The more people that face financial difficulties in a troubled economy, the more will face debt collectors who may be difficult and harassing, but there are FDCPA guidelines to protect debtors from harassment. Debtors must be aware of these guidelines, however, and know how to pursue justice and stop debt collector harassment when they step over the line.
The FDCPA is the federal Fair Dept Collection Practices Act, which provides specific regulations with which third party collection agencies must comply. Those regulations govern every type of action a collection agency could take that would constitute harassment and specifically prohibits them. These regulations do not apply to original creditors, but third party creditors only. Those are agencies that work on a contingency basis to collect the debts owed to original creditors. If none of the debt is collected, the agency is generally paid nothing. Therefore, it is in their interests to exert any amount of pressure they can to force payment. It is up to debtors to put a stop to those practices that are illegal and fall into the category of harassment. Those prohibited actions include:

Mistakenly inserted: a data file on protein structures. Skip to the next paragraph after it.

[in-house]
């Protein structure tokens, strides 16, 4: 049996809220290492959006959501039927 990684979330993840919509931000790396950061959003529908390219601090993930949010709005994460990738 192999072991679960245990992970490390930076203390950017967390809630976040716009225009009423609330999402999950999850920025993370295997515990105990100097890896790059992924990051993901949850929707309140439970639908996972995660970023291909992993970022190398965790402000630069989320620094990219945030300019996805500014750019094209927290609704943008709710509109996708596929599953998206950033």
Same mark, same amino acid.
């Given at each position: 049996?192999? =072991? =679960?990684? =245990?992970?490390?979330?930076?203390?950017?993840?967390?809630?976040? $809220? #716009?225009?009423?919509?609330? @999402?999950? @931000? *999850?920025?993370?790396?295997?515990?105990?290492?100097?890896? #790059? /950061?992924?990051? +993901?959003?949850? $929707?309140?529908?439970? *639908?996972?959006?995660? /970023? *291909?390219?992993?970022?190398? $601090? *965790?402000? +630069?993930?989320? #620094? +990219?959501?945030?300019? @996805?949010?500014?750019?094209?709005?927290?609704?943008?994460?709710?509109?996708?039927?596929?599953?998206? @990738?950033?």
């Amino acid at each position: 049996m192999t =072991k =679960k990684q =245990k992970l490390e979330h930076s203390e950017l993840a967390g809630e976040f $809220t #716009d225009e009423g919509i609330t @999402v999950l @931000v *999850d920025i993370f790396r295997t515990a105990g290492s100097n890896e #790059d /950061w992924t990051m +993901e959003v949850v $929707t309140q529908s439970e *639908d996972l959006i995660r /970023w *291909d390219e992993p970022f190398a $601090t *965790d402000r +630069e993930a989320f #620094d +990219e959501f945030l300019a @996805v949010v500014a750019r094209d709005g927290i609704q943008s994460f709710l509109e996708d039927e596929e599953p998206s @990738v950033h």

When a collection agency fails to comply with the FDCPA guidelines, there are steps that a debtor can take to protect their rights. However, it is generally not effective to attempt these efforts after just one act of harassment. The debtor should document the phone calls and letters they receive from the collection agency and show a pattern of abuse before proceeding to the following steps:
(See more on what to do if your being harassed by debt collection agencies).
While the guidelines in the FDCPA are very clear, that does not mean that filing a complaint or lawsuit is always easy. If the lawsuit fails, the debtor may be required to pay the attorney's fees of the collection agency and court costs, making their debt situation even worse. It may be wise to consult a consumer protection lawyer to assess their case and help them compile a strong one before they decided whether they have grounds to take the collection agency to court.